With spring in full bloom, now is the perfect time to create the perfect space to relax with your friends and family. Getting on top of things now will make all the difference as temperatures start to rise and barbeque season gets into full swing – and that’s where Bark comes in.

To help you make the most of that neglected outside space, we asked one of our top gardening pros – Harrison Gardens founder Julian Harrison-Jones – to run you through five essential gardening jobs to do this spring.

1. Fix up your lawn

You can find hundreds of Lawn Care specialists on Bark.com
You can find hundreds of Lawn Care specialists on Bark.com

One of the main things that people think about at this time of year is Lawn Care. Weeds are coming through, the edges aren’t done and it’s starting to look overgrown.

“It’s time to start working on your lawn,” says Julian. “That means aeration, mowing, weeding and feeding. You feed the lawn twice a year, in Spring and Autumn.”

“When you’re starting to mow the lawn, because it will be the first cut of the year you should do it on a high blade,” he adds. “You’re just encouraging new, healthy growth. Don’t go crazy otherwise you’ll do damage and you might kill the lawn.”

2. Get on top of the weeding

Your lawn isn’t the only thing growing again now the winter months are behind us. Rolling up your sleeves and tackling the weeding now will mean you have a head start going into the rest of the year.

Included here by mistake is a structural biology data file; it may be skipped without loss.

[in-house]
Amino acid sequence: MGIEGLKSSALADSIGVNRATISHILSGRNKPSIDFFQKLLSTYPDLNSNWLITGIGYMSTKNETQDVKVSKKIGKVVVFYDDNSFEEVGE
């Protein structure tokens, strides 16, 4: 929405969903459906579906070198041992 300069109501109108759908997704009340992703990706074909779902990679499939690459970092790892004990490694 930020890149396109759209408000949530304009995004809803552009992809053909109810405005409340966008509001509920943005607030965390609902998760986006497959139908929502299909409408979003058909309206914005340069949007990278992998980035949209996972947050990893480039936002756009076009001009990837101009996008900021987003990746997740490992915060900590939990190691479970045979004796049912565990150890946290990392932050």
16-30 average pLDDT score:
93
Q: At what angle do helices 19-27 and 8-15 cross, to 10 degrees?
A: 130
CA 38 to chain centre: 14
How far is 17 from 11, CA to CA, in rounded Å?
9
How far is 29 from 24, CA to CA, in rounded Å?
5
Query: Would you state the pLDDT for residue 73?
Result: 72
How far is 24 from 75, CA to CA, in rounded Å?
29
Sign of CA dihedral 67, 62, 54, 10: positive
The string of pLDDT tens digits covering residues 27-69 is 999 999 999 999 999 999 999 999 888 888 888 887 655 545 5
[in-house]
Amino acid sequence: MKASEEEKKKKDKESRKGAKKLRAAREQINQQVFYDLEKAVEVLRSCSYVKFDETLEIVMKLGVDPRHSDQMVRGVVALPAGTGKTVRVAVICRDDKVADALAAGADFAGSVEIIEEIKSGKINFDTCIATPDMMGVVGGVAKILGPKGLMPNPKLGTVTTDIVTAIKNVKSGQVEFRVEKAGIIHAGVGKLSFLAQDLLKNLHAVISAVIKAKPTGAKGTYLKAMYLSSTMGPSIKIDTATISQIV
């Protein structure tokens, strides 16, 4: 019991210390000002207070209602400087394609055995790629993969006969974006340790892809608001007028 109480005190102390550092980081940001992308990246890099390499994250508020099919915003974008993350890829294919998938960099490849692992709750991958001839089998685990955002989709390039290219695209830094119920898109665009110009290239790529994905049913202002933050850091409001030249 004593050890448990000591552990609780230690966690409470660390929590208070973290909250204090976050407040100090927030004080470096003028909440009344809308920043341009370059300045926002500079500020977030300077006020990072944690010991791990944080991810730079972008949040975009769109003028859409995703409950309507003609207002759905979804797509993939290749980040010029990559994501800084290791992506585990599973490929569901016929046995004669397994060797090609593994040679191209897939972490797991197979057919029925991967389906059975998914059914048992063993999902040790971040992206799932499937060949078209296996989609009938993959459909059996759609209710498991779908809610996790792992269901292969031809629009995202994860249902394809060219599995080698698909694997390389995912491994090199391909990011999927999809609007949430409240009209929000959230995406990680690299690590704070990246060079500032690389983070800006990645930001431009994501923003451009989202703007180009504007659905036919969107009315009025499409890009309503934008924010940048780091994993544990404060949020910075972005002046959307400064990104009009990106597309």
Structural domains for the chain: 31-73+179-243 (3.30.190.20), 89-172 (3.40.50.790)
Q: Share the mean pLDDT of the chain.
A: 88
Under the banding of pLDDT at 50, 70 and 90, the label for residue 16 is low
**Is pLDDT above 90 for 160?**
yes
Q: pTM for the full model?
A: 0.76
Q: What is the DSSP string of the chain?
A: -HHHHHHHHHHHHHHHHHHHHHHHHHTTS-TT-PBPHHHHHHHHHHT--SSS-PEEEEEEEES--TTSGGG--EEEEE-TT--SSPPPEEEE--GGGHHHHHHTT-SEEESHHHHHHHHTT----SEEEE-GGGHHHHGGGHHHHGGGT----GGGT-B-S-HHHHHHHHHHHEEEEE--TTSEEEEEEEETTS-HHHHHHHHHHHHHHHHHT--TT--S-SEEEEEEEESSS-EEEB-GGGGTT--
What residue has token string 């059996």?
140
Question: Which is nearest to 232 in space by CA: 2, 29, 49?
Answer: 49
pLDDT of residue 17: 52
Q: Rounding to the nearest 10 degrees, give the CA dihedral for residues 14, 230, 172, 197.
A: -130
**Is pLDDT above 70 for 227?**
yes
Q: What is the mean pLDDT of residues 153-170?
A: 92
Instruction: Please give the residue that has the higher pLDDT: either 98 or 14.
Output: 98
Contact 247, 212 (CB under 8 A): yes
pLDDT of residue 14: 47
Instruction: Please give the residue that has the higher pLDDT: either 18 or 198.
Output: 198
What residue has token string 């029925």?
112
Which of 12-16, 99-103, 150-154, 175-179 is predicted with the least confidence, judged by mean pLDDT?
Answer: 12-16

“To be honest, weeding is probably ‘number one’ because of the time of year,” says Julian. “You’ve left it over the winter, they’re coming up now and if you don’t tackle weeds now they’ll compete with shrubs and plants that you want to keep.”

“Basically, they’re all competing for nutrients and water,” he adds. “So if the weeds take over, they’ll take that away from the actual plants. As well as some weeds, like Ivy or creeping weeds, which will can strangle and kill your plants.” 

3. Choose your ‘feature’ plants

Julian planting flowers for one of his many happy clients
Julian planting flowers for one of his many happy clients

Once you’ve got the weeds under control, it’s time to think about the plants you actually want to look at.

“It’s still relatively early in the gardening year,” Julian explains. “So you can plant your ‘feature’ plants or architectural-type planting – your shrubs, the backbone of your garden.”

He adds: “If you like roses, this is the perfect time for them, as well as perineal flowers and trees.”

4. Get mulching and feeding

Mulching and feeding goes hand-in-hand with weeding and planting, but the exact type of plant food you use depends on what you’re using it for.